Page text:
Heard on the Hill

Artists Want Better Pay for Their Work

Big names write to Congress calling for updated copyright laws

Country music superstar Blake Shelton is among the nearly 200 artists calling on Congress to update the 1998 Digital Millennium Copyright Act. (Richard R. Barron/Courtesy Creative Commons, BY-SA 3.0)

Household-name singers, Grammy winners and rock legends are pushing Congress to protect aspiring creators’ ability to make a living through music.  

Nearly 200 recording artists — including Taylor Swift, Blake Shelton, Billy Joel, Elton John, Maroon 5 and U2 — wrote to Congress to highlight problems with the Digital Millennium Copyright Act.  

Between country music (The Band Perry, Kenny Chesney, Little Big Town), pop (Sheryl Crow, Britney Spears), and aging rockers (Pearl Jam, Paul McCartney) the music industry is coming together to demand that the 1998 law be updated.  

The letter reads, “It has allowed major tech companies to grow and generate huge profits by creating ease of use for consumers to carry almost every recorded song in history in their pocket via a smartphone, while songwriters’ and artists’ earnings continue to diminish.”  

The artists, who also include Christina Aguilera, One Republic, and James Taylor, are asking Congress for a change to the law that “balances the interests of creators with the interests of the companies who exploit music for their financial enrichment.”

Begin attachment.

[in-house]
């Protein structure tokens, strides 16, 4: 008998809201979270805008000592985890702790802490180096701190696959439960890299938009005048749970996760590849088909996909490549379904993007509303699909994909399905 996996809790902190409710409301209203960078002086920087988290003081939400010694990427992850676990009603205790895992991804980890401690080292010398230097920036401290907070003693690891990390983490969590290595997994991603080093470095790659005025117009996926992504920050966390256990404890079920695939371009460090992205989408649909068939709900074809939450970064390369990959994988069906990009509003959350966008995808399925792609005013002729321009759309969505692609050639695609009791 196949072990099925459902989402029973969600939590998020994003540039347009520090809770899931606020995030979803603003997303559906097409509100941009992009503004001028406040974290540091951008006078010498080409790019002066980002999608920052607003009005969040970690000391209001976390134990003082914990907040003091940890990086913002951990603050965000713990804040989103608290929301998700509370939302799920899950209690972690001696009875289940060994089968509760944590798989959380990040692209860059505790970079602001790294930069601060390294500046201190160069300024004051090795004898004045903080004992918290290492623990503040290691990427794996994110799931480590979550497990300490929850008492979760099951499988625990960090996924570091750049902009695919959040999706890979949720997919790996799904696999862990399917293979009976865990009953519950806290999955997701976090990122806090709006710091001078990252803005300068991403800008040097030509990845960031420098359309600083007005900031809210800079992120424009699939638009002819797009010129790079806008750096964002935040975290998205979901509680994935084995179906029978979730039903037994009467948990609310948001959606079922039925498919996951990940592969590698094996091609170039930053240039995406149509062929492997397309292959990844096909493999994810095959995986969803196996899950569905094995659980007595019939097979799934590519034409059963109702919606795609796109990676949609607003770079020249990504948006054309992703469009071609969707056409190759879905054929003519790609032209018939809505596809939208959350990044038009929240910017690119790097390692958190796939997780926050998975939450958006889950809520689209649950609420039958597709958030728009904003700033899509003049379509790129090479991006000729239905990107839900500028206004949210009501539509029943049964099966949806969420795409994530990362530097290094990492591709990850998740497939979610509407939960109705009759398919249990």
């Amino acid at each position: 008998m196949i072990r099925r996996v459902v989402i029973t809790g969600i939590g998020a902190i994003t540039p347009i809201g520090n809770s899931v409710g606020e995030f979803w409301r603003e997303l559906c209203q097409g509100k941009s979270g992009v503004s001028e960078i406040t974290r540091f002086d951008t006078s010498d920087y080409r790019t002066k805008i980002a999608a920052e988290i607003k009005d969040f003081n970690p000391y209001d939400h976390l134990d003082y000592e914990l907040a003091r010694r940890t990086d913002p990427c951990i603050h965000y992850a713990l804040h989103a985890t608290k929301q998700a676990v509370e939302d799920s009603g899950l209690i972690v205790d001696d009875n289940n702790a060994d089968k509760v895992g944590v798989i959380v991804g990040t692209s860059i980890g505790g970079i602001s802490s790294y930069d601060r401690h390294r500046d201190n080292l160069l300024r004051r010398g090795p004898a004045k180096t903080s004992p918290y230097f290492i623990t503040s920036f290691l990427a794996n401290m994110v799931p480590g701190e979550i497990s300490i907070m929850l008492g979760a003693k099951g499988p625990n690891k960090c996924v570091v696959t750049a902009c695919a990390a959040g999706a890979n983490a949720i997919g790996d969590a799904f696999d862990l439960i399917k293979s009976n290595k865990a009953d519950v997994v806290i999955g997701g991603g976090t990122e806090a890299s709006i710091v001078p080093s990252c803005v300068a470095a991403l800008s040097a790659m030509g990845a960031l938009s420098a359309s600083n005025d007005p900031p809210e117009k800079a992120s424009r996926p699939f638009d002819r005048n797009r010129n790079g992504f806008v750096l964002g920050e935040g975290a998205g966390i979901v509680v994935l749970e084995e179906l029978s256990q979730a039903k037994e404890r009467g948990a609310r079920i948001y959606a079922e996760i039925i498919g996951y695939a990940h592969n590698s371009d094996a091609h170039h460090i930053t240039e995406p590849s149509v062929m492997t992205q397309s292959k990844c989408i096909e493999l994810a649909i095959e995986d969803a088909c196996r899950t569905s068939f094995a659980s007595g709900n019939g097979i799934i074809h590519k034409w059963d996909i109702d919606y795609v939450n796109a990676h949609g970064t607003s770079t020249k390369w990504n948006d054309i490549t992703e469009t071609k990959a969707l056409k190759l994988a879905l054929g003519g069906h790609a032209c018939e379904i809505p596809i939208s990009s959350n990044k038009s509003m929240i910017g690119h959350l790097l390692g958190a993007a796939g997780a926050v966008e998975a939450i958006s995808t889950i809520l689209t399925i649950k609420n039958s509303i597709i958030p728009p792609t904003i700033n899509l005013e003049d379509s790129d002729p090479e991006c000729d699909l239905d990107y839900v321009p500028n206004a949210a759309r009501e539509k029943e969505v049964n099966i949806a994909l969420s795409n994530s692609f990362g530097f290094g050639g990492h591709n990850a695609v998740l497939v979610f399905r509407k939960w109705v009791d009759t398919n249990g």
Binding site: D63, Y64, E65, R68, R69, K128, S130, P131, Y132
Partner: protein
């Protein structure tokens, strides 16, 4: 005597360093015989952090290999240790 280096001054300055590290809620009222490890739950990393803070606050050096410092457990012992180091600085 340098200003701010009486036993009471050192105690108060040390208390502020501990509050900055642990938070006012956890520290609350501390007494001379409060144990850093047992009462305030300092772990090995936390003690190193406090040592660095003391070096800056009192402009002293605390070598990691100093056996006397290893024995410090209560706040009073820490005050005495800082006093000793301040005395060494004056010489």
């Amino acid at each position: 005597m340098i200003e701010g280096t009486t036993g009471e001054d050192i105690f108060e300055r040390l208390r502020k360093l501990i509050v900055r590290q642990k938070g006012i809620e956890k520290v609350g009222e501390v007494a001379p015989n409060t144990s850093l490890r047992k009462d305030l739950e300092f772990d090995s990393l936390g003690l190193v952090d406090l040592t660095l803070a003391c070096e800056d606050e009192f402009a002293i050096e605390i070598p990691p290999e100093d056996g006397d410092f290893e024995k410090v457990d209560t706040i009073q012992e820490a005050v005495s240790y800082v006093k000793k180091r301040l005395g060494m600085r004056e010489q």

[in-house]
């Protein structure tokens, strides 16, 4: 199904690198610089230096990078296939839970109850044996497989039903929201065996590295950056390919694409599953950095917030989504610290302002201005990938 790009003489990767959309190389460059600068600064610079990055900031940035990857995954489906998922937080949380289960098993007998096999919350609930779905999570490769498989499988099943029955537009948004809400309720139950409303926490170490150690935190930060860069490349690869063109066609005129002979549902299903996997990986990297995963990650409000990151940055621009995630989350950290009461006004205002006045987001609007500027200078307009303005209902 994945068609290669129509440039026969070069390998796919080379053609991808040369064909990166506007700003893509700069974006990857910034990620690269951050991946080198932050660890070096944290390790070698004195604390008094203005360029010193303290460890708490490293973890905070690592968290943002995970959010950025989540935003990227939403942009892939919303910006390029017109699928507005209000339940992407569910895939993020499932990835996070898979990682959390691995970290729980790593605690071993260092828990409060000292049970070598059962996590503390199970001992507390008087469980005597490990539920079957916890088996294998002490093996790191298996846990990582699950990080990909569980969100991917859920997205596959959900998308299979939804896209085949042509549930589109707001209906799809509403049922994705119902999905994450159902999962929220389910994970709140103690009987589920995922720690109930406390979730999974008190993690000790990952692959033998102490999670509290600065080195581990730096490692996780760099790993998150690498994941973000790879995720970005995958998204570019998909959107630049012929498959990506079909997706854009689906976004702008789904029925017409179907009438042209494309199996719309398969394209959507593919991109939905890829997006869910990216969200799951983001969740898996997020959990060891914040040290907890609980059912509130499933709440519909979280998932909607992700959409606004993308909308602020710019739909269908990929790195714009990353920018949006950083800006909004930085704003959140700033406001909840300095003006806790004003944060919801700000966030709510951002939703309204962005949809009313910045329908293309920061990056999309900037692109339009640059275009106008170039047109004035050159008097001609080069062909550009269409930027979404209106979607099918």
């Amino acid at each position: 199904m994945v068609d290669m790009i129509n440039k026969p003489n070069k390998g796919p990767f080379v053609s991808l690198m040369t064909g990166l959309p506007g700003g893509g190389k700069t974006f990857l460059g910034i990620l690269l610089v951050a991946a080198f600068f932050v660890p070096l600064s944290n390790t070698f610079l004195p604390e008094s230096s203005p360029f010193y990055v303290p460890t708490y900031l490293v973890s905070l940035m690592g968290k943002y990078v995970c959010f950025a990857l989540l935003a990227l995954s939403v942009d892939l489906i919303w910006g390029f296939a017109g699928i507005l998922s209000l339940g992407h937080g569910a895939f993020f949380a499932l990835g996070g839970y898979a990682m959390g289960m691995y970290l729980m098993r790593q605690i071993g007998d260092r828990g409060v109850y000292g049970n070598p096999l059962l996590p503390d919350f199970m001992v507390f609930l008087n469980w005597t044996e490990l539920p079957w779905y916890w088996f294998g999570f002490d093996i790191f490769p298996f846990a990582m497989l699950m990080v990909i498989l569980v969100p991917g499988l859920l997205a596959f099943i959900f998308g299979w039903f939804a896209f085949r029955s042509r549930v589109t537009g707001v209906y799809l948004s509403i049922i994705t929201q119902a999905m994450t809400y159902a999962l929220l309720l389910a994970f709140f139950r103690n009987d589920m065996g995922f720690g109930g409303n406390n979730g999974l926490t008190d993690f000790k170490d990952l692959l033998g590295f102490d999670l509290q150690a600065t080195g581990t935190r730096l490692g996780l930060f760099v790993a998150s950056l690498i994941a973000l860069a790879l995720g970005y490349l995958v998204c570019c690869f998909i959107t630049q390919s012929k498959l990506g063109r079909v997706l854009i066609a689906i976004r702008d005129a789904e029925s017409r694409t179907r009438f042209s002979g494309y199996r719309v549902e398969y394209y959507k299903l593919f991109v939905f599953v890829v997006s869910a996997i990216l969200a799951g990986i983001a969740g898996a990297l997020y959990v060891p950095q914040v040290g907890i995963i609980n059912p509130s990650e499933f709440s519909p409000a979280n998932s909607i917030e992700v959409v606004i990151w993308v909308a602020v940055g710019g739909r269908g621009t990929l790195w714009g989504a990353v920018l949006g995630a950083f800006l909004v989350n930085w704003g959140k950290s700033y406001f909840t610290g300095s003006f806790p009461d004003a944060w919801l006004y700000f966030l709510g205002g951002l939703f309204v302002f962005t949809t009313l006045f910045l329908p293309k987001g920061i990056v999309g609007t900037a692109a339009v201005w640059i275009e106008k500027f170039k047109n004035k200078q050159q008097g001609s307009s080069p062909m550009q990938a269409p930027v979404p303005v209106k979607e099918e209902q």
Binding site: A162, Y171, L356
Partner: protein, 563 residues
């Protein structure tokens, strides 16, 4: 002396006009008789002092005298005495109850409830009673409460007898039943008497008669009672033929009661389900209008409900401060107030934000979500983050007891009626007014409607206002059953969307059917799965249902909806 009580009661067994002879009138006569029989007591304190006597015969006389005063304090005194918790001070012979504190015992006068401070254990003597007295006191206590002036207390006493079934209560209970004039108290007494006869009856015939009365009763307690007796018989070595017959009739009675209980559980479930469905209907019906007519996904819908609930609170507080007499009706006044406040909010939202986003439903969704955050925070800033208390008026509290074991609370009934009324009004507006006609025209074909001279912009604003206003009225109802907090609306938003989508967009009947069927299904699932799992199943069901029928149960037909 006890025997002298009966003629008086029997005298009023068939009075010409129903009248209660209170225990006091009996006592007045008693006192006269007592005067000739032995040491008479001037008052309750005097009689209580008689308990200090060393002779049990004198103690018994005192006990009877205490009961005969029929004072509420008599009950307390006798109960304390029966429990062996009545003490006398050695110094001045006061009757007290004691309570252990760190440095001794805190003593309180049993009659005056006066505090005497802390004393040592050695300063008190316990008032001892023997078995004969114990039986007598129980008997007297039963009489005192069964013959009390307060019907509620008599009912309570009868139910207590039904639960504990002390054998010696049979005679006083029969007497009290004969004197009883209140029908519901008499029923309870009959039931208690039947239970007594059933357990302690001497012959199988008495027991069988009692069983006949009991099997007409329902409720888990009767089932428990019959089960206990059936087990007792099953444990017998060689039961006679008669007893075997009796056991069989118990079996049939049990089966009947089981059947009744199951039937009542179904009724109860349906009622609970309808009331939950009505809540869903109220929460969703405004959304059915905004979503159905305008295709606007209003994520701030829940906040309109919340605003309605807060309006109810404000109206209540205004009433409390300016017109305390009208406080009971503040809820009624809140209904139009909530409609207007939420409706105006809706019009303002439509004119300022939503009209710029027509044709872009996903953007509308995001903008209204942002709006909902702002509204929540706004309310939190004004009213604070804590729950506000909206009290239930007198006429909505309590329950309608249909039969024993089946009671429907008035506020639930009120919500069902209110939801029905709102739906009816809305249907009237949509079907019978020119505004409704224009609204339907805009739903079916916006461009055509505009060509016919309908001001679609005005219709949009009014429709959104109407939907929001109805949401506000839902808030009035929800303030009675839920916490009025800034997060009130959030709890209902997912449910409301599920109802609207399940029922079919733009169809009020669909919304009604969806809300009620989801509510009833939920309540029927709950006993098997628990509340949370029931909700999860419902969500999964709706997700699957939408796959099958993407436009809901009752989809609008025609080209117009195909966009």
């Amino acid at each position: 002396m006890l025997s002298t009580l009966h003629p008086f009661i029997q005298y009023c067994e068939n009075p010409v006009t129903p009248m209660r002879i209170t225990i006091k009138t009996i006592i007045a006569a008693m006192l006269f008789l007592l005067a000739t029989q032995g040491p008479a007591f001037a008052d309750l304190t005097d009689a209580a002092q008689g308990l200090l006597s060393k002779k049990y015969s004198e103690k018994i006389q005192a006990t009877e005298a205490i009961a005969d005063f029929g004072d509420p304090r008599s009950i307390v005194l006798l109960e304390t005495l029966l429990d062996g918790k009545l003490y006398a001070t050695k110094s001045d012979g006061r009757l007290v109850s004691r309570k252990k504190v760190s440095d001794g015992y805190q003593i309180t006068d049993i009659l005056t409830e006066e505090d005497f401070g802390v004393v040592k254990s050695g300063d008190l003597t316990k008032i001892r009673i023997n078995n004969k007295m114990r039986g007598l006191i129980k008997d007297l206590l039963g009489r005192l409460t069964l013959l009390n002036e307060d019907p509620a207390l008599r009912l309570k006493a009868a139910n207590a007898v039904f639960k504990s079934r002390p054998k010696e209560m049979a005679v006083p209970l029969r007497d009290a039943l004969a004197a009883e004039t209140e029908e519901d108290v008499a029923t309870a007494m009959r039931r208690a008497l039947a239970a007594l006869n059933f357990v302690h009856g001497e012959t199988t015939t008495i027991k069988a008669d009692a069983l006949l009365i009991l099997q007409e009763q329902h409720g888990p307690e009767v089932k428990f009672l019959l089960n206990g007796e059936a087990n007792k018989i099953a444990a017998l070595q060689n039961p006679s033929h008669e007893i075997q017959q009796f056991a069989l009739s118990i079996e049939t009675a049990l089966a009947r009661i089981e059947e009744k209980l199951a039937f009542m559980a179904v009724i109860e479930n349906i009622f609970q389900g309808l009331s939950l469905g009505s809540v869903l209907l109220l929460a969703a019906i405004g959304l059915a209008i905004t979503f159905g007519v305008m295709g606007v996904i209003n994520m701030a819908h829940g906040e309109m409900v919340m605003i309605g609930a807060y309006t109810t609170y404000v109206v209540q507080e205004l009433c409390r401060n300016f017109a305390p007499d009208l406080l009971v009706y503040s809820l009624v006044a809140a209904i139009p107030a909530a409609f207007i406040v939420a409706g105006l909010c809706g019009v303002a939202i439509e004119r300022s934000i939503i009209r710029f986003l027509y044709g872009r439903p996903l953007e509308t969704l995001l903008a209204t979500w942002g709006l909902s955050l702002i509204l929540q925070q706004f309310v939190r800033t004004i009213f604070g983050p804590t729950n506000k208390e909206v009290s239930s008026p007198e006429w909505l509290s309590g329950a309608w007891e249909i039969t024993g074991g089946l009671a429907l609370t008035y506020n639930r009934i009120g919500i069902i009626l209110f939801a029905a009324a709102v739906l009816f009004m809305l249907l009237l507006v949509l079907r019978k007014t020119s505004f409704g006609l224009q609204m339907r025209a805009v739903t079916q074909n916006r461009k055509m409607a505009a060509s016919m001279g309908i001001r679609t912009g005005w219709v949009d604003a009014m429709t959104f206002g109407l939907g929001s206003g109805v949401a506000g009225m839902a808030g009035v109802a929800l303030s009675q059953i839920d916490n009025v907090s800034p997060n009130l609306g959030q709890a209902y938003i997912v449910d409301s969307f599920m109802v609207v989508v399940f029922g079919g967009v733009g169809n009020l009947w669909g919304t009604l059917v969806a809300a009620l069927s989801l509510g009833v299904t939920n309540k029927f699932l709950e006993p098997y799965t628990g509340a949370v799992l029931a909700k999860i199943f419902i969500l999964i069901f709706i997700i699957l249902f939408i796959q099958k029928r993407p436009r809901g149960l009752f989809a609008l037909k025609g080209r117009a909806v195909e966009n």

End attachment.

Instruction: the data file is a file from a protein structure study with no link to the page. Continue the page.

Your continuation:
In May, the “Stand with Songwriters” Advocacy Day , led by the American Society of Composers, Authors and Publishers, urged members of Congress to update federal music licensing laws. Utah Republican Sen. Orrin G. Hatch joined industry advocates to support their efforts.  

In April, the Recording Academy lobbied on Capitol Hill for the Allocation for Music Producers Act which would make it easier for producers to receive performance royalties, the Fair Play Fair Pay Act which would change music licensing for sound recordings, and the Songwriter Equity Act which would also update licensing for songwriters and composers.  

For the academy's annual GRAMMYs on the Hill Awards, Zac Brown Band was honored for its work in pushing for updated copyright laws for the industry.  

One of the biggest artists on the letter, Grammy winner Swift, has been known to go to great lengths to protect her music, and to copyright popular lyrics. She has tried to trademark “Swiftmas,” “Blank Space,” “and I’ll write your name” and “1989,” which is the title of her most recent album.  

On Swift's birthday in December, Michigan GOP Rep. Justin Amash responded to a Washington Post headline, “For Taylor Swift’s birthday, should she get to trademark her birth year?” with a mere “no.”

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